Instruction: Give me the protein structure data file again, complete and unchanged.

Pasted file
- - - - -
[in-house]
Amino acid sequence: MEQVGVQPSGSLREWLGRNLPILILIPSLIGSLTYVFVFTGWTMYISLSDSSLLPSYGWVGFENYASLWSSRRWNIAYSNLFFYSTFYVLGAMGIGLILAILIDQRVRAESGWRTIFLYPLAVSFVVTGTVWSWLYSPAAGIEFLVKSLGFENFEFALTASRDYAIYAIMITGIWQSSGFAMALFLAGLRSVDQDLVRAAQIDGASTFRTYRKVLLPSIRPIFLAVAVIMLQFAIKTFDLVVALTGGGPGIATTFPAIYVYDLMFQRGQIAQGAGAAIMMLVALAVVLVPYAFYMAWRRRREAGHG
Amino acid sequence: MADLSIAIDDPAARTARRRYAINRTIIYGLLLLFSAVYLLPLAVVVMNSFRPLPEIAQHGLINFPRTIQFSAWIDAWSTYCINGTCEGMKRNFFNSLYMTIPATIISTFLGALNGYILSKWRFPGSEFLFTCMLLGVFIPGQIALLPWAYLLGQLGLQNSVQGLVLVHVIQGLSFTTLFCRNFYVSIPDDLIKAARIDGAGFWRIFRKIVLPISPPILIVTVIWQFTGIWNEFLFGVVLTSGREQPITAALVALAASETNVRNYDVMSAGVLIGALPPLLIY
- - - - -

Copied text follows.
[in-house]
Amino acid sequence: MEQVGVQPSGSLREWLGRNLPILILIPSLIGSLTYVFVFTGWTMYISLSDSSLLPSYGWVGFENYASLWSSRRWNIAYSNLFFYSTFYVLGAMGIGLILAILIDQRVRAESGWRTIFLYPLAVSFVVTGTVWSWLYSPAAGIEFLVKSLGFENFEFALTASRDYAIYAIMITGIWQSSGFAMALFLAGLRSVDQDLVRAAQIDGASTFRTYRKVLLPSIRPIFLAVAVIMLQFAIKTFDLVVALTGGGPGIATTFPAIYVYDLMFQRGQIAQGAGAAIMMLVALAVVLVPYAFYMAWRRRREAGHG
Amino acid sequence: MADLSIAIDDPAARTARRRYAINRTIIYGLLLLFSAVYLLPLAVVVMNSFRPLPEIAQHGLINFPRTIQFSAWIDAWSTYCINGTCEGMKRNFFNSLYMTIPATIISTFLGALNGYILSKWRFPGSEFLFTCMLLGVFIPGQIALLPWAYLLGQLGLQNSVQGLVLVHVIQGLSFTTLFCRNFYVSIPDDLIKAARIDGAGFWRIFRKIVLPISPPILIVTVIWQFTGIWNEFLFGVVLTSGREQPITAALVALAASETNVRNYDVMSAGVLIGALPPLLIY